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BPS Policy Unit

Protecting the public – improving lives

03 October 2018 | by BPS Policy Unit

Public Health England’s annual conference at Warwick University attracted over 1500 delegates and featured an impressive (not to mention lively) 48 sessions spread over two days.

These sessions were themed into:

  • Science and evidence
  • Investing in prevention
  • Working towards a healthier, fairer society
  • Place, environment and global
  • Public health planning and future trends

Opening the conference, PHE Chief Executive Duncan Selbie spoke of the widening gap between the health outcomes of the rich and those of the poor, and how the continued increase in life expectancy has stalled. He saw PHE’s priorities as tackling the following:

  1. Smoking intervention (1 in 4 people in hospital smoke)
  2. Child obesity (In 2016/2017, 26% of 4 and 5 year olds were overweight or obese)
  3. Prevention of diabetes in adult
  4. Prevention of Cardiovascular disease
  5. Mental health

The event also saw Professor John Newton, Director of Health Improvement, launch the Health Profile for England, 2018

The launch of this report laid bare some troubling facts, such as that although as a society we are living longer, this increased lifespan often equates to poorer overall health (particularly the last decade of life) and an increase in stubborn health inequalities.

Not only that, but while mortality rates for heart disease are falling, mortality rates for dementia have increased.

Even more shockingly, the gap in health inequality between rich and poor has actually widened, with the difference in good health now being approximately 19 years.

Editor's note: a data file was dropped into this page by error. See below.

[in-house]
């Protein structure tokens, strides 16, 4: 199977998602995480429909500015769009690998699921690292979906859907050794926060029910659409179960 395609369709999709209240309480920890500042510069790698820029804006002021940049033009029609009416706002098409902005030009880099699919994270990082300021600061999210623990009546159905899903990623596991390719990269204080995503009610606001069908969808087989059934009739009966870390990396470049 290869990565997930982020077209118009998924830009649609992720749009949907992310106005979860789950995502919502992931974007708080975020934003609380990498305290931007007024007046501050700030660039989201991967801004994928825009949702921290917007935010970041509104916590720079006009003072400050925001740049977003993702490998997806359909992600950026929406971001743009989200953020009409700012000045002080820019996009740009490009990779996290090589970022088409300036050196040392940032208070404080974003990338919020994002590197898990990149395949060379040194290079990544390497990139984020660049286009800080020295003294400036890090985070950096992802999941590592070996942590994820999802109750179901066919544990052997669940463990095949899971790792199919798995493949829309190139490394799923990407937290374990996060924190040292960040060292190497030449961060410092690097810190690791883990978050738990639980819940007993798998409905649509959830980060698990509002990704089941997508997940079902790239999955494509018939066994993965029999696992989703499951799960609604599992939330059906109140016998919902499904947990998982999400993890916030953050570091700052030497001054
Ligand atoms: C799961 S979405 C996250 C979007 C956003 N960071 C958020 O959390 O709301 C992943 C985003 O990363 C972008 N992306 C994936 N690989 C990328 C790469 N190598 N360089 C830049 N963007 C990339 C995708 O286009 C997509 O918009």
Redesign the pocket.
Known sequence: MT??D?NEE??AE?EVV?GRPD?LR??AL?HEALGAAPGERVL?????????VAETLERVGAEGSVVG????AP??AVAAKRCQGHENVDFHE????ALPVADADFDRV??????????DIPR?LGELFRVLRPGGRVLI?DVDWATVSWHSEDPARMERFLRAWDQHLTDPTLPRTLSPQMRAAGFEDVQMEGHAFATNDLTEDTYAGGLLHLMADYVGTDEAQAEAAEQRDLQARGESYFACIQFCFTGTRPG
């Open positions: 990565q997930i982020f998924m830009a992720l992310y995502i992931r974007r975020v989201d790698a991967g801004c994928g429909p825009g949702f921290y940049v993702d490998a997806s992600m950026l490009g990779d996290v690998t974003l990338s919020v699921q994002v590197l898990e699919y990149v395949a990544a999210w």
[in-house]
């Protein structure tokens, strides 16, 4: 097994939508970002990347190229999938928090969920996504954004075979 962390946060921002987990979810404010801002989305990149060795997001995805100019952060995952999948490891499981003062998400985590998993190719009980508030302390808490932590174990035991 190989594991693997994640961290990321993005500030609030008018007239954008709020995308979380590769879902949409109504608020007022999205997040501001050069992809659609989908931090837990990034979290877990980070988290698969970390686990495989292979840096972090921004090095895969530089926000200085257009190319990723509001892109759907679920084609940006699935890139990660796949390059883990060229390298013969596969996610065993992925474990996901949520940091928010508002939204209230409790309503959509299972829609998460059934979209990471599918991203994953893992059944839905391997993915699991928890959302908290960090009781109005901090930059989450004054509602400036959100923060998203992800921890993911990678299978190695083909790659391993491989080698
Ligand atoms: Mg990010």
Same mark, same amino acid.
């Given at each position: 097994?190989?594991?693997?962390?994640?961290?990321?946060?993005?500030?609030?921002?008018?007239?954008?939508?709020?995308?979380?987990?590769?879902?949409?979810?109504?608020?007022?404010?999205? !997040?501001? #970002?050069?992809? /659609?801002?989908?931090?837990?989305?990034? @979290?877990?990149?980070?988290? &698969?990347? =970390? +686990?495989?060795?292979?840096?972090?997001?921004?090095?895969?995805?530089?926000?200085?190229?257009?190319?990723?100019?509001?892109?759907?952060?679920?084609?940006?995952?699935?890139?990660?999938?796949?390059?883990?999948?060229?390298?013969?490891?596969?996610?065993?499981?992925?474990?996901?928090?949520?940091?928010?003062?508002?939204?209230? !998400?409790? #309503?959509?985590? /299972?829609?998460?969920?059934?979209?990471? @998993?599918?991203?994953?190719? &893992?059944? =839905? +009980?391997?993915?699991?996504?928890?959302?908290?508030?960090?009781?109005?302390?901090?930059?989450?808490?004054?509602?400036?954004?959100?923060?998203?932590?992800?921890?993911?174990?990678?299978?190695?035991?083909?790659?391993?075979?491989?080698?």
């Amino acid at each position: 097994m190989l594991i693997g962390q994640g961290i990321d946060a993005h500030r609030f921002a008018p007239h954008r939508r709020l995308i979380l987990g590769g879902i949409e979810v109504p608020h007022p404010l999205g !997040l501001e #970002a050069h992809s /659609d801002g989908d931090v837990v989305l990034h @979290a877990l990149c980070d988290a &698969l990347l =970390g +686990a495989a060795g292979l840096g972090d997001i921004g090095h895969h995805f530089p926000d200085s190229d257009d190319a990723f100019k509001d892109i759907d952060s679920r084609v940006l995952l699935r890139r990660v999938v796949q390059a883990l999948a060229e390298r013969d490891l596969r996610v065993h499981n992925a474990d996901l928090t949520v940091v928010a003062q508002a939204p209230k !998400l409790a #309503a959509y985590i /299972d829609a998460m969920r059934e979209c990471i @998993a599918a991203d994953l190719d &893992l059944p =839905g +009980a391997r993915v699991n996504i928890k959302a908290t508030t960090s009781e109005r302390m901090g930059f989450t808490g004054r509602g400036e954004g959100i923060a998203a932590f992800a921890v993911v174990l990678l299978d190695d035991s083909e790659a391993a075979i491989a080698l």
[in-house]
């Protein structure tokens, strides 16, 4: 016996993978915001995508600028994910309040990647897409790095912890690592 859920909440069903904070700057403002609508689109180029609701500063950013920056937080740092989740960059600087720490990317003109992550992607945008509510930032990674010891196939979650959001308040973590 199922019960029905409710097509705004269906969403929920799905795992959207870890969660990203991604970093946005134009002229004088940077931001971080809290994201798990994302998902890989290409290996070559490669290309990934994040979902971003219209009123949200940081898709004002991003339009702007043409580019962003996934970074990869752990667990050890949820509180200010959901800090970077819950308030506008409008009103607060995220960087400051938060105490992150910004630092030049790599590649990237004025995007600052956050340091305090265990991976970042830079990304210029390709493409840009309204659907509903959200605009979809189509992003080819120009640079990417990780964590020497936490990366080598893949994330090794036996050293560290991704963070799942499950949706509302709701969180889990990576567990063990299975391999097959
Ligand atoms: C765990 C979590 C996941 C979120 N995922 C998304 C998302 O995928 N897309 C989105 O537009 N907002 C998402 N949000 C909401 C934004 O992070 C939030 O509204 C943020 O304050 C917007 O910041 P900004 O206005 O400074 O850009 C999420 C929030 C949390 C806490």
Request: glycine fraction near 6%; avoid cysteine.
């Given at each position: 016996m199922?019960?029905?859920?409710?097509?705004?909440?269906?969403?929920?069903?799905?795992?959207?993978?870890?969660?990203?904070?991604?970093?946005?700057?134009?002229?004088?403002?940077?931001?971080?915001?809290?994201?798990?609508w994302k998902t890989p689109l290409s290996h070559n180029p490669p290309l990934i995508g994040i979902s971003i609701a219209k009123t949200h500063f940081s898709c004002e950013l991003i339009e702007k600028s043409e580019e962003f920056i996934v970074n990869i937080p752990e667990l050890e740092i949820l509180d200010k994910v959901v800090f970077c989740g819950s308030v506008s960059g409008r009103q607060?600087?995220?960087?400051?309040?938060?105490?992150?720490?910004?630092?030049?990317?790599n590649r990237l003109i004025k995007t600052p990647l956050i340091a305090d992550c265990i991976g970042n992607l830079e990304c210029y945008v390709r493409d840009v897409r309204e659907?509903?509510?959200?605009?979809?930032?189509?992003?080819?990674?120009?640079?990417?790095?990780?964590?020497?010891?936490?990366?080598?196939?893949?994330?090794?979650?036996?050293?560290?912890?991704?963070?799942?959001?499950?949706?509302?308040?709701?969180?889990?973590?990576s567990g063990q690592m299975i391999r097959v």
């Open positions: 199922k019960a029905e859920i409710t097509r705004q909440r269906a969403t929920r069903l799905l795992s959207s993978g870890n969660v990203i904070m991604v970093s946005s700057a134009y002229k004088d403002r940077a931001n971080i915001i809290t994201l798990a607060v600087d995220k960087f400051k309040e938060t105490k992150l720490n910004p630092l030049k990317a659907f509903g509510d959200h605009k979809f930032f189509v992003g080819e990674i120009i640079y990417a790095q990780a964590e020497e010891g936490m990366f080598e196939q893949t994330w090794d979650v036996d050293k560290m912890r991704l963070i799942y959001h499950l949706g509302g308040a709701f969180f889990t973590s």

And while those with mental health conditions tend to have the lowest quality of life, obesity and smoking remain the leading causes of death.

Not only this but 30% of the population are still living below the minimum income standard, and people with learning difficultues continue to struggle with extremely low employment rates.

The conference also featured Susan Michie who talked about Artificial Intelligence meets Behavioural Science: The Human Behaviour-Change Project.

In this talk she argued that behavioural science needs radical change if we are to improve our individual and collective well-being and that, to date, behaviour change projects have had a mixed level of impact with only modest and/or variable effects.

The aim of The Human Behaviour-Change Project is to build an Artificial Intelligence system which will continually scan the world literature on behaviour change, extract key information, and use this to build and update a model of human behaviour to answer the big questions:  ‘What behaviour change interventions work, how well, for whom, in what setting, for what behaviours and why?’

The keynote speaker was Professor Dame Theresa Marteau who spoke with eloquence and authority on Changing Minds About Changing Behaviour.

Theresa’s lecture outlined some stark figures, such as that 95% of people are inactive, 65% are overweight, 25% drink too much, and 15% smoke.

To address these worrying numbers Theresa advocated the use of multiple behaviour change approaches.

Currently, at population level, simply providing people with the relevant risk information rarely results in them changing their behaviour. However it's well-documented that our environment has a strong effect on our behaviour. For example, over time, portion sizes have increased massively, and the larger the portion size, the more people will eat.

By encouraging downsizing, the using of using smaller portion sizes, smaller plates, and smaller glasses, we could actively influence the way people eat and, through this, exert some indirect (though still effective) influence on some of those worrying figures quoted above.

Ultimately the important thing to take away from all of this is that the way we communicate evidence will have a major effect on how likely it is to actually affect changes in people's behaviour.

And to do this we need to partner with civil society organisations to not only change public opinion, but to change the political approach.

- Nigel Atter, Policy Advisor


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